As you know, this summer I wrote two blog posts on the AMR Corporation and US Airways Group merger to explain how it affects AAMRQ stock price. Using the information available at that time I derived a formula to estimate AAMRQ stock price based on LCC stock price:
I know I mentioned that I would write more about the AAMRQ stock case if there was a huge surprise. And there was a huge surprise when the Department of Justice filed an antitrust lawsuit against AMR Corporation and US Airways Group, but this happened when I was entangled with a few life issues, so I had to skip.
Not to say that I am much less busy now, but I thought this case deserves another mention. Caution: math abound ;)
I don’t have much time to comment much on this merger right now, so I will just go ahead and post what I consider to be the final AAMRQ conversion formula:
AAMRQ stakeholders officially receive 544.4 million AAL shares. Each AAL share is worth an LCC share. Using the approximate number of AAMRQ shares outstanding 335.5 million, and the approximate debt of $8 billion, the share conversion formula is:
I wrote in “Personal Finance 201: Credit scores” about how FICO scores are almost the only credit scores that matter. Most large financial institutions such as Bank of America, American Express, Discover Financial Services, and Citigroup, rely on FICO scores for creditworthiness measurement. Knowing your FICO scores is helpful in timing your credit application; a few points difference in credit scores can translate to thousands of dollars of payment on your mortgage.
Based on the table above, the difference between the first category and second category of credit scores translates to a difference between a 4.236% and a 4.014% on 30-year mortgage loan. For a $300k mortgage loan, the difference in payments is approximately $39 per month, which comes out to be around $460 per annum, or $14,000 over the duration of 30 years.
In a previous post: Credit Card vs Debit Card, I explained the basic differences between credit cards and debit cards. Unless you have trouble controlling spending, credit cards are a much better choice for your regular method of payment. If my previous post didn’t twist your arms, I’m offering you more reasons to favor credit cards over debit cards (and cash, of course!)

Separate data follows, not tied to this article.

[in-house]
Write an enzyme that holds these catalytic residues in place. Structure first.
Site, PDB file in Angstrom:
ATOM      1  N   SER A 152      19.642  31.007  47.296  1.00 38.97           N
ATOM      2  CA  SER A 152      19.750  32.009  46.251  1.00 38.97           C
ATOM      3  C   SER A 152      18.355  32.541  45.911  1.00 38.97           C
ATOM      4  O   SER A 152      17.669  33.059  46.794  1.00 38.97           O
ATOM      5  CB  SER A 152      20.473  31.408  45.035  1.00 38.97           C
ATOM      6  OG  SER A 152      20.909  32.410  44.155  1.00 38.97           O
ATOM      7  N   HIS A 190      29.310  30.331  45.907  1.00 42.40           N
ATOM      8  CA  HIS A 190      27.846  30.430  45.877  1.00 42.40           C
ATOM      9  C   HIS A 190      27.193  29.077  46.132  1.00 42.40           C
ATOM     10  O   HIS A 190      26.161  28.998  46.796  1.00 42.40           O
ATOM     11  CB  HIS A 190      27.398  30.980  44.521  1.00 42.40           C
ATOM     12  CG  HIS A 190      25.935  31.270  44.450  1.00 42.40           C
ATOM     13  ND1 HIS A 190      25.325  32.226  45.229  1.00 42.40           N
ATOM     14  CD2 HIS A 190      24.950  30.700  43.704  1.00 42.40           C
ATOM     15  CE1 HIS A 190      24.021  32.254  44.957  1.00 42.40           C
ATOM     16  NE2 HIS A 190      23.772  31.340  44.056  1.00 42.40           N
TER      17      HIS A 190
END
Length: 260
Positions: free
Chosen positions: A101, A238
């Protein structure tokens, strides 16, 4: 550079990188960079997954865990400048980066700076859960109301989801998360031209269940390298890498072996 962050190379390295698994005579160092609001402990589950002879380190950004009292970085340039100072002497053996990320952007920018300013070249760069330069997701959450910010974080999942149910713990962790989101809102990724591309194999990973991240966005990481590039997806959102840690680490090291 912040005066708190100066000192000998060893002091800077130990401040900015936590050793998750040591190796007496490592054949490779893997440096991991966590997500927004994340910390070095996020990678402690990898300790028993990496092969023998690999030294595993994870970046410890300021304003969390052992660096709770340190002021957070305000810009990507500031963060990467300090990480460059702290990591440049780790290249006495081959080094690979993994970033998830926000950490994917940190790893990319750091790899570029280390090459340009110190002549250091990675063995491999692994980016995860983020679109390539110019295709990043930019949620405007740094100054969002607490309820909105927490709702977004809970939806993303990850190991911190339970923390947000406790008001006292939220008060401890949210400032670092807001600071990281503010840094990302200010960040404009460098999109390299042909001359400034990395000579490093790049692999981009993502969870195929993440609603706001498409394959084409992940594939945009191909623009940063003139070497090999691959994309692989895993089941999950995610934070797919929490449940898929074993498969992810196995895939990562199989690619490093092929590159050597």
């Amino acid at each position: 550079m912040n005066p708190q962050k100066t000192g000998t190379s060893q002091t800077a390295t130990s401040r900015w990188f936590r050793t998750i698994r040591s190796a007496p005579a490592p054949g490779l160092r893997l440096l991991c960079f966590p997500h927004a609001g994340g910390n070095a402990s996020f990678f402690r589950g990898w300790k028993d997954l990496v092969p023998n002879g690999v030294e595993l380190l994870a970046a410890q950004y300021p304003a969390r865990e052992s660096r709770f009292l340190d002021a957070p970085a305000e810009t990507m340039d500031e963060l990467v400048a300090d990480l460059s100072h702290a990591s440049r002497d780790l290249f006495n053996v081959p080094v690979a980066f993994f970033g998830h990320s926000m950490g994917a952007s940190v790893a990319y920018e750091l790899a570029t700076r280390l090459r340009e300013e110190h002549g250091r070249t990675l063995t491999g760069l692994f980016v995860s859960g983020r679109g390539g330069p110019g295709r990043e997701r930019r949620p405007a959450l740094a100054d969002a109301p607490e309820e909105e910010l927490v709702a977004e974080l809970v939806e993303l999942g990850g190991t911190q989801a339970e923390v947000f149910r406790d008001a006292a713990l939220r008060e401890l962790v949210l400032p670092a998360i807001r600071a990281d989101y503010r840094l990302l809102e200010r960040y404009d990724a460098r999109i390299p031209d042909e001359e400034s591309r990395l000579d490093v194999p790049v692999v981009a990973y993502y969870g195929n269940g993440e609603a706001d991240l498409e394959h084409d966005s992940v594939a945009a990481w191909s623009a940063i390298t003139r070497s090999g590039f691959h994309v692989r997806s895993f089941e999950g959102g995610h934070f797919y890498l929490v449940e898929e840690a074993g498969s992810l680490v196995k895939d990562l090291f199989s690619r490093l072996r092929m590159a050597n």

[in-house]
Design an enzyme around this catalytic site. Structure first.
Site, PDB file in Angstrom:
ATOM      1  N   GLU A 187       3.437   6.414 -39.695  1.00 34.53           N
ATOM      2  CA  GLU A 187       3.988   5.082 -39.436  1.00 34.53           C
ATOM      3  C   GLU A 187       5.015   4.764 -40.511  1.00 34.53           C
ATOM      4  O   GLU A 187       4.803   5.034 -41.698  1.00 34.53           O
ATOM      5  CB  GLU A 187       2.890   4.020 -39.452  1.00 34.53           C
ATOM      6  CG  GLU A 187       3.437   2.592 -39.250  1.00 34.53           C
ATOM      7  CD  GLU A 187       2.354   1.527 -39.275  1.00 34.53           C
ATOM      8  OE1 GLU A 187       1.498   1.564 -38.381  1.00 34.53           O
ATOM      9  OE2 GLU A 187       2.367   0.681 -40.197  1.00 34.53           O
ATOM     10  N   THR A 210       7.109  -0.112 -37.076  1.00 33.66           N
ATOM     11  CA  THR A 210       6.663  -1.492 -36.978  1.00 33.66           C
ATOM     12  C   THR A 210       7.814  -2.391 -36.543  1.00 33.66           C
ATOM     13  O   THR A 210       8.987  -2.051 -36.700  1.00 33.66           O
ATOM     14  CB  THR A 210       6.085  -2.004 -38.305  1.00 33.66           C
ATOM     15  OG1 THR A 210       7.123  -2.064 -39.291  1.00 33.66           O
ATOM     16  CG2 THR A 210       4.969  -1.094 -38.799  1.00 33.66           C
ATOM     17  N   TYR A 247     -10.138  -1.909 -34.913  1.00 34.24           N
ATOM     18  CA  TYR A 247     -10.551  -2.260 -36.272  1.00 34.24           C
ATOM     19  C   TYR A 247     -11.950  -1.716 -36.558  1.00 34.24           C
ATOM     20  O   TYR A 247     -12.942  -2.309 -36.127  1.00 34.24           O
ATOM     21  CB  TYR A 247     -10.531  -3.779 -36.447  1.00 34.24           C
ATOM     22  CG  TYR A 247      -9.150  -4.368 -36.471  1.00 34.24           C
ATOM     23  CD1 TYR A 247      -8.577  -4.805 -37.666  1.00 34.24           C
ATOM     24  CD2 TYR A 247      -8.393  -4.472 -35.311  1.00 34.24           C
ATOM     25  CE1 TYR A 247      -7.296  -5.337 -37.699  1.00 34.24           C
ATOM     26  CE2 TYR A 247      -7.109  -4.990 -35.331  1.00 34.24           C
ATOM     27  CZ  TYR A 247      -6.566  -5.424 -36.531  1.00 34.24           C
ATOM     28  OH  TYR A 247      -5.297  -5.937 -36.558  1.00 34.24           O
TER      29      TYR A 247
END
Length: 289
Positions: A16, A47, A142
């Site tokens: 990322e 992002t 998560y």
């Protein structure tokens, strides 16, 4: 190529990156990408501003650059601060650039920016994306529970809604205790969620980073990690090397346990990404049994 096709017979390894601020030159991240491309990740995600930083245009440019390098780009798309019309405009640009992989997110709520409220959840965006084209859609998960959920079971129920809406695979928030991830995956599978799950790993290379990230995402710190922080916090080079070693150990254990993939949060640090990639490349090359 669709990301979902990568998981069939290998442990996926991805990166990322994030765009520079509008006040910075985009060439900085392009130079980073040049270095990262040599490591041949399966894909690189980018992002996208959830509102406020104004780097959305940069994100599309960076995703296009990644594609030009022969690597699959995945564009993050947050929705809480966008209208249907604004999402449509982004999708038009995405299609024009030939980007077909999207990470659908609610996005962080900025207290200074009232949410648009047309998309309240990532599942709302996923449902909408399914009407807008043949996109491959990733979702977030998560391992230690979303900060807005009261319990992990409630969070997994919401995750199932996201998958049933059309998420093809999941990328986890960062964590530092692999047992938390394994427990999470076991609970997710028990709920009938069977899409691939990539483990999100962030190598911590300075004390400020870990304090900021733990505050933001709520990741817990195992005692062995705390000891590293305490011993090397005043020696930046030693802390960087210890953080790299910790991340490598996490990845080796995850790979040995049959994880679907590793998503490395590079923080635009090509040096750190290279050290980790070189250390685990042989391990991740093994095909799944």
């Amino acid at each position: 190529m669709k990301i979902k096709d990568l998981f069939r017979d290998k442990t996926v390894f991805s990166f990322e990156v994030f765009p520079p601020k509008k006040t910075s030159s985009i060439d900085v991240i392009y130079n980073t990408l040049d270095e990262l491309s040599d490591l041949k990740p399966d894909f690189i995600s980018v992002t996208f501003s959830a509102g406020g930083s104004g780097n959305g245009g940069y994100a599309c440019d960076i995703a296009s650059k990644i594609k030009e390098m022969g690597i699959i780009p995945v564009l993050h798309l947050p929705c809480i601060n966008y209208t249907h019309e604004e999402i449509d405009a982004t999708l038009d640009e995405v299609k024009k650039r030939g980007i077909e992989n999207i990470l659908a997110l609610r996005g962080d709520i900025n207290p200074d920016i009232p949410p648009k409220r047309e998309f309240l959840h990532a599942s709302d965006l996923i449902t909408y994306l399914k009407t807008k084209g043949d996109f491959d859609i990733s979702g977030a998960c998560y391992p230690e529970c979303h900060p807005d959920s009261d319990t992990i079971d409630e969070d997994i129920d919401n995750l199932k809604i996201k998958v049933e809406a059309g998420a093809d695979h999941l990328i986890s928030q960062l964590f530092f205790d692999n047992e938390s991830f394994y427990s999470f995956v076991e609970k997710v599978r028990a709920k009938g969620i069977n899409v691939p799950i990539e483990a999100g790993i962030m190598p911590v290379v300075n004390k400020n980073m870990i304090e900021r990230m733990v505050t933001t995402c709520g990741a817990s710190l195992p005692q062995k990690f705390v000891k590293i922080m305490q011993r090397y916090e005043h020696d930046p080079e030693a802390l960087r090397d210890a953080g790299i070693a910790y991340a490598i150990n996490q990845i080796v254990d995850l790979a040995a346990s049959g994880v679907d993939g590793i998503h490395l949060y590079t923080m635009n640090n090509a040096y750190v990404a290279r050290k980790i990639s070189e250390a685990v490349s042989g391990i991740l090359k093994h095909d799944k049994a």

- Credit cards help build credit
- Credit cards give you better fraud protection
- Credit cards give you the ability to dispute charges previously paid for
- Credit cards cover warranty extension
- Credit cards offer 60-day return on most merchandise
- Credit cards cover rental car insurance
- Credit cards cover travel insurance
- Credit cards cover luggage delay reimbursement
- (Some) Credit cards provide free concierge service
- (Some) Credit cards offer rewards on purchases
What do you think? Are you convinced that you should buy everything with a credit card now? Let me know if you’re still looking for justification… ;)
Usual warning: none of these reasons applies if you can’t control your spending. :|
Richard (Hiep Tran)
Many young folks, especially those that haven’t been in the US that long, conflate debit cards with credit cards. Debit cards have almost nothing in common with credit cards despite their similar physical appearances.
Unlike Visa and Mastercard which only process but not issue credit cards, and like Discover, American Express also issues credit cards. The origin of American Express is also very distinguished from those of the competitors. They started out as a domestic express mail service back when the US Post Office did not yet deliver packages. They made a lot of money, and very quickly established the American Express brand as a premium service provider. Later on, American Express gradually transformed itself into a financial services company while skillfully retaining and enhancing the brand nationwide and worldwide.